As is often the case, I catch up with newspapers at the weekend (even though some of the early week’s news is most definitely old news by the time I read it!). At the end of the last month, there was one article in the Guardian titled “End of the back garden ? Developers offer sharing estates “ that made me wonder how it’s taken 20 years for the idea of shared spaces to become talked about so much , twenty years after HemingwayDesign had devised The Staiths South Bank in Gateshead which at the time received some heavy criticism from architects, planners and housebuilders along the lines of “ it will never work“ and “its so not British“. We can now see the naysayers proven wrong every day as the communal gardens and eating facilities which contain communal barbeques along with some of the courtyards being under the control of neighbours rather the management company are one of THE reasons why people choose to live on the estate.
I recently wrote about how COVID-19 has highlighted how important the access to outside space is for our well-being. It was increasing land values and the developer’s response of increasingly small private gardens that led us to design The Staiths with small 10 metre gardens all backing onto a communal pocket park shared by around 16 to 20 households. The original sketches from back in 1999 can be seen in the image carousel. The sketches are all based on Gerardine Hemingway’s experience of growing up in a two up, two down worker’s terrace in Padiham, Lancashire where the small back yards backed onto “The Rec” a shared square of grass where kids kicked a ball and families gathered for parties. They were also based on my experience of living in Queen’s Park Flats in Blackburn and the incredible landscaped gardens and play spaces that we all had access to. Our design partners on the Staiths, Jane and Mark Massey, produced a great retrospective (which can be downloaded here) of the project and here is the extract:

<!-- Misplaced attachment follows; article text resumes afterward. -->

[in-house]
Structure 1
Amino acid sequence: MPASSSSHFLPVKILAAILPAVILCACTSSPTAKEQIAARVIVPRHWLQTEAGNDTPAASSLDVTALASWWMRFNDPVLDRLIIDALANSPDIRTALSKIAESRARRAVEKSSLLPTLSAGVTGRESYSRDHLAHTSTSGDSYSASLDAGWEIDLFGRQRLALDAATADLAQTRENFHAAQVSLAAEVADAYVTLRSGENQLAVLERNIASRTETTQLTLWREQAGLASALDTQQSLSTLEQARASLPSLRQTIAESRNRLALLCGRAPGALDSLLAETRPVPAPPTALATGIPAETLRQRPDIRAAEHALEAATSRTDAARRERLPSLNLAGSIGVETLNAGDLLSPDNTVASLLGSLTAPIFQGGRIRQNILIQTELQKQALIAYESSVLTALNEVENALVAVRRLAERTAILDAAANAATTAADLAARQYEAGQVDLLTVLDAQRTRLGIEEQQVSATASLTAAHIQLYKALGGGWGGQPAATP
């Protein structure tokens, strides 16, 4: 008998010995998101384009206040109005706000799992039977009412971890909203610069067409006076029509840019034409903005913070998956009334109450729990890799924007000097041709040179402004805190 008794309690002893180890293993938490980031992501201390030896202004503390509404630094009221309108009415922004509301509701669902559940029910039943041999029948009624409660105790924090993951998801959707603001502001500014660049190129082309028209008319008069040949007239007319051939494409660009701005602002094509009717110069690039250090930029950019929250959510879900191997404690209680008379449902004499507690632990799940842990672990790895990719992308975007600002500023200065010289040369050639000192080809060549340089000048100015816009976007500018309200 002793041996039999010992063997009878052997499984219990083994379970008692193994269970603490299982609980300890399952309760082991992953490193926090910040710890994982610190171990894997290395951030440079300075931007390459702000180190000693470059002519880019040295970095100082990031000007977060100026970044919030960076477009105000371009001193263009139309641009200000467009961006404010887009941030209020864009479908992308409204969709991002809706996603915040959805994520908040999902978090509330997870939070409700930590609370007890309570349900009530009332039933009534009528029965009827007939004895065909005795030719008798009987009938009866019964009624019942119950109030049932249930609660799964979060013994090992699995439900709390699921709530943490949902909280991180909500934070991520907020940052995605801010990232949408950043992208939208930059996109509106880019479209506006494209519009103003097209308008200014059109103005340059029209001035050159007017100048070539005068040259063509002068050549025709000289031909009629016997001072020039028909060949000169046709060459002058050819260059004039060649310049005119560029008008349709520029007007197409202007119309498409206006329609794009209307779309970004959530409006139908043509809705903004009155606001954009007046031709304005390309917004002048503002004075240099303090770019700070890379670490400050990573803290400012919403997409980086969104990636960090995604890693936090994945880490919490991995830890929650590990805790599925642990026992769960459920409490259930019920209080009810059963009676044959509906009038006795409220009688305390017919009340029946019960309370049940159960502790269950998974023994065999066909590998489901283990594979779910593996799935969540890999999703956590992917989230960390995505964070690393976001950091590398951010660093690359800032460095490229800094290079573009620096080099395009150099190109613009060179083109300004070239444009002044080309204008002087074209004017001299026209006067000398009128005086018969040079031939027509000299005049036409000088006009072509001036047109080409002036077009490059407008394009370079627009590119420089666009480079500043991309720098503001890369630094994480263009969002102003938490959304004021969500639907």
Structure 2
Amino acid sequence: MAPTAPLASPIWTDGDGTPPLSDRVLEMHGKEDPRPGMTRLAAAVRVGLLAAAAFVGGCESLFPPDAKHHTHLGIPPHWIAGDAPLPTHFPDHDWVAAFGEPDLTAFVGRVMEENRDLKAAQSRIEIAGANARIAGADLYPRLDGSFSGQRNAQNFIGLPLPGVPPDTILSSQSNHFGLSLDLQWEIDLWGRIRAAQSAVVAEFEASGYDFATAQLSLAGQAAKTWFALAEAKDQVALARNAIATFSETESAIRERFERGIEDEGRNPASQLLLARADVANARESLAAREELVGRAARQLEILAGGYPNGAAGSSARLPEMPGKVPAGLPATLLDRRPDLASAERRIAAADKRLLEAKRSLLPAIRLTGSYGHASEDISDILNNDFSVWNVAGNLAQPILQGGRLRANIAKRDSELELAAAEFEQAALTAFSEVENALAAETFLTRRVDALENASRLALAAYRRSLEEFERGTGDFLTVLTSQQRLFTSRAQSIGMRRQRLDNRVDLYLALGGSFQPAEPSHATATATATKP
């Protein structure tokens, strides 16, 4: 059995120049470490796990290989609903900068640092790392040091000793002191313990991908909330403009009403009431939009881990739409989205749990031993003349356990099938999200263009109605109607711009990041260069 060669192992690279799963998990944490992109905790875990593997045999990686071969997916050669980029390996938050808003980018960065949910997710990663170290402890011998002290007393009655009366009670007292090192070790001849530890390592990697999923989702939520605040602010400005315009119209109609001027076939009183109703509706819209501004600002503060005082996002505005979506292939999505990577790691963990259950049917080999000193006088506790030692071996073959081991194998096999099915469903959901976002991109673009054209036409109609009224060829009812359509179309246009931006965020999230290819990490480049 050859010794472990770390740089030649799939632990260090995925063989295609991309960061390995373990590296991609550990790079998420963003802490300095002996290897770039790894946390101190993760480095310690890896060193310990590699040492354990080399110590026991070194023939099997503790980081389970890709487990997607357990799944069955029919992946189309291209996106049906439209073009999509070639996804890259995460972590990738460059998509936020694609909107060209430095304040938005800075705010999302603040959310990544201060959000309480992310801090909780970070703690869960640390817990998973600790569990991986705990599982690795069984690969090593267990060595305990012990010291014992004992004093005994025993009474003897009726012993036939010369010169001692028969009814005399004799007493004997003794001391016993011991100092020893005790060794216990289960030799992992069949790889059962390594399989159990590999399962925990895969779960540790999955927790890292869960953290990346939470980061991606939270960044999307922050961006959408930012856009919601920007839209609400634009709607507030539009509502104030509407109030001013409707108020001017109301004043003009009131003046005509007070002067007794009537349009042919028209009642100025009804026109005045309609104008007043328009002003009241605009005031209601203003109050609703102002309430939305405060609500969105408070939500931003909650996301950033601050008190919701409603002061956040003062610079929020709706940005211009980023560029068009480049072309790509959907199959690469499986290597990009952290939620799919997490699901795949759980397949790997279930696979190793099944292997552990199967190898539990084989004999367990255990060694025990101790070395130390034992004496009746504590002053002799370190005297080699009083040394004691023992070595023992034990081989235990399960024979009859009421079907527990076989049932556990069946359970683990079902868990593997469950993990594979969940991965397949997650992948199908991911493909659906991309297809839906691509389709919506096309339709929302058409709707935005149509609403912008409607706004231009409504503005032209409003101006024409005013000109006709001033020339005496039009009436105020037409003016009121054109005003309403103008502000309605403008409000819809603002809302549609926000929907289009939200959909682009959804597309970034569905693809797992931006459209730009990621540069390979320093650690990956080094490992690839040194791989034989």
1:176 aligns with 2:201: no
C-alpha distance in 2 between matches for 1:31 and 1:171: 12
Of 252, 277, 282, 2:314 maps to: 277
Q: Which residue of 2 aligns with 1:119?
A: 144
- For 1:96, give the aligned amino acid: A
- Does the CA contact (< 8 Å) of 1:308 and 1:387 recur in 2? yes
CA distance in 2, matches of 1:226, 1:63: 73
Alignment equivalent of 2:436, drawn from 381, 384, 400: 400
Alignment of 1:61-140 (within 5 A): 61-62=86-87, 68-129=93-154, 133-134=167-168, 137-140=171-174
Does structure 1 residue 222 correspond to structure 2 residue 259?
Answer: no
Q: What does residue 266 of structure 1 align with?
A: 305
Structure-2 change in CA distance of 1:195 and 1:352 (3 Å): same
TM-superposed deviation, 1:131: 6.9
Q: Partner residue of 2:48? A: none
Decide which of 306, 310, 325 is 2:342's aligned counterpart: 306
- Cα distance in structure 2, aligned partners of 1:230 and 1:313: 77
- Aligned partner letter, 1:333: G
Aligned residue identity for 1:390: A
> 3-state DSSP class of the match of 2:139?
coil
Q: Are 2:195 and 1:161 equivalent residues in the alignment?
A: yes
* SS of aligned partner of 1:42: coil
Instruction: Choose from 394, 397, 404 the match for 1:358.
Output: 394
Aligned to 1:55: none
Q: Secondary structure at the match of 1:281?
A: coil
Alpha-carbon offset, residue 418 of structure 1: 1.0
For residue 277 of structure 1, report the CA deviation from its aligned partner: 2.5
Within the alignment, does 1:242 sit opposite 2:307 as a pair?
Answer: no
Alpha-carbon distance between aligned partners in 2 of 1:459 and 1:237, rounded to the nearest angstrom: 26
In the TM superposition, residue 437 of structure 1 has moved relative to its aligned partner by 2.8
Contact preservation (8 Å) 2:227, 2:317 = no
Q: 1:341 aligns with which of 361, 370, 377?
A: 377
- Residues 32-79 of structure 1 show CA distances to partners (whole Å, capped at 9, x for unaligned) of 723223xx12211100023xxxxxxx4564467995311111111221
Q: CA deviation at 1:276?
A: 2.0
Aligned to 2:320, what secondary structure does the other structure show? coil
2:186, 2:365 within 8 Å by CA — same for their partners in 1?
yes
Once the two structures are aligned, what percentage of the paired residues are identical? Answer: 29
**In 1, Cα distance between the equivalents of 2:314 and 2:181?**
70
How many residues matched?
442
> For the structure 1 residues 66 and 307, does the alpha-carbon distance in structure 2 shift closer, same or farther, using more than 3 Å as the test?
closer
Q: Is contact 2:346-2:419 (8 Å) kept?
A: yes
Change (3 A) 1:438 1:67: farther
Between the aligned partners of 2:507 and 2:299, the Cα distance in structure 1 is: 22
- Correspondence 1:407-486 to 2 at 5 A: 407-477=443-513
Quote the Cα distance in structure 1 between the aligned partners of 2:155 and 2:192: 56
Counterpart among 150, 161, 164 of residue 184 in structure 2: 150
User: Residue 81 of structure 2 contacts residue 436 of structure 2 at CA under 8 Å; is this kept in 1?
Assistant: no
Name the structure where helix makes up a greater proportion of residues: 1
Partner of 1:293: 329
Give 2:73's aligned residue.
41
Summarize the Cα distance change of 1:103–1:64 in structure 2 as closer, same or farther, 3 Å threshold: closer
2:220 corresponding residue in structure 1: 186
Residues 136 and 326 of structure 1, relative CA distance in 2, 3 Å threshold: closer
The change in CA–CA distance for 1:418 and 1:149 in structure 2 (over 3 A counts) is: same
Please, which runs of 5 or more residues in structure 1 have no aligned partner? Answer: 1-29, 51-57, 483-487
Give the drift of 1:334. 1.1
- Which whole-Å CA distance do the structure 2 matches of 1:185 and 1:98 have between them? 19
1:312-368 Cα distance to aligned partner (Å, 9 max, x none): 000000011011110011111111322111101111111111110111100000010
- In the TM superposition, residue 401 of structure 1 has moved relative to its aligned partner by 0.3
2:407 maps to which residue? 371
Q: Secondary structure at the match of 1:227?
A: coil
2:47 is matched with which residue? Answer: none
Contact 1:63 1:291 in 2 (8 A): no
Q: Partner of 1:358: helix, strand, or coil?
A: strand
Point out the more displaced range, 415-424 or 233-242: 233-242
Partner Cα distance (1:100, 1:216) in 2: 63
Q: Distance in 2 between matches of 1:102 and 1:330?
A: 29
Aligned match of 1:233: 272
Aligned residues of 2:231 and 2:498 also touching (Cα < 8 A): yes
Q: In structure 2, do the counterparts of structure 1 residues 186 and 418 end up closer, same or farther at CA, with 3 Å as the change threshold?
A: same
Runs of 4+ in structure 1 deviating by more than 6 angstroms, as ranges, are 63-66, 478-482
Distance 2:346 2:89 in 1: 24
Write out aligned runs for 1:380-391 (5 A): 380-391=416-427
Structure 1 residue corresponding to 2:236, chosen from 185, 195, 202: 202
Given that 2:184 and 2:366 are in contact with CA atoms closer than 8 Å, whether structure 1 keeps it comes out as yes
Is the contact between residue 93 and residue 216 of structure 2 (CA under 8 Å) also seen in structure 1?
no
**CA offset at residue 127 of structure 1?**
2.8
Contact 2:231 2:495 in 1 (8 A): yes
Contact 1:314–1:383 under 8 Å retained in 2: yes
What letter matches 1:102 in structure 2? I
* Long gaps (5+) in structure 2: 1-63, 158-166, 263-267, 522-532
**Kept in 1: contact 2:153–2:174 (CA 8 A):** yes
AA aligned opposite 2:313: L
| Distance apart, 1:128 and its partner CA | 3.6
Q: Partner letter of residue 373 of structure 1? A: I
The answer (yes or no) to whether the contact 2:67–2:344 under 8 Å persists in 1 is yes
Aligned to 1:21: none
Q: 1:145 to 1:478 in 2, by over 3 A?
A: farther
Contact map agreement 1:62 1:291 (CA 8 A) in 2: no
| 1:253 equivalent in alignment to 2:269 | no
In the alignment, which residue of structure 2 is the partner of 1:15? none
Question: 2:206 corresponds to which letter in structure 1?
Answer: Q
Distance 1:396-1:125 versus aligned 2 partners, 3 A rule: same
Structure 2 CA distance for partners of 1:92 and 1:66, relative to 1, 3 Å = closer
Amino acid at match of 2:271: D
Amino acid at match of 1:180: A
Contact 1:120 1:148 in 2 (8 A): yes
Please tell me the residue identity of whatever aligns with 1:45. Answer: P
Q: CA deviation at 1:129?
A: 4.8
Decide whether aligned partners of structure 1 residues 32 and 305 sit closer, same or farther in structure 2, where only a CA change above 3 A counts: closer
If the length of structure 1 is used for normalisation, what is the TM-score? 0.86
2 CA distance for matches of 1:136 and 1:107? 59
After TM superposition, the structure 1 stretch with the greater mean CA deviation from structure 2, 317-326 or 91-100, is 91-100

There are also plenty of blogs about The Staiths on the HemingwayDesign website including this here.
However, upon reading several articles in the guardian such as…
“Could it be farewell to the traditional back garden? Architects shortlisted by the government to design prototype housing in England…want…communal gardens to boost social integration.”
“Several of the winning designs in the government’s Home of 2030 contest show communal spaces running right up to front doors, shared vegetable gardens and outdoor community dining areas.”
“One of the designs suggests four homes built around a courtyard garden that the residents can also book via an app for private use. Otherwise it would be shared. The proposals run contrary to the bulk of new housing that is built with private gardens, however small, partly because of planning rules that mean homes have to be spread out for privacy.”
“Patrick Usborne, the director of Perpendicular, which oversaw another winning entry using wood panels made from British-only timber, said: “There’s an English perception that owning your castle needs its own land. But if we are to improve community cohesion we need to remove the ubiquitous rear garden and bring together external spaces for the community.”
We’ve been there and done that. Just ask anyone at The Staiths or on Cemetery Road in Padiham: it works. It’s just a question of whether developers can work hard enough to make it work within their often outmoded working practices.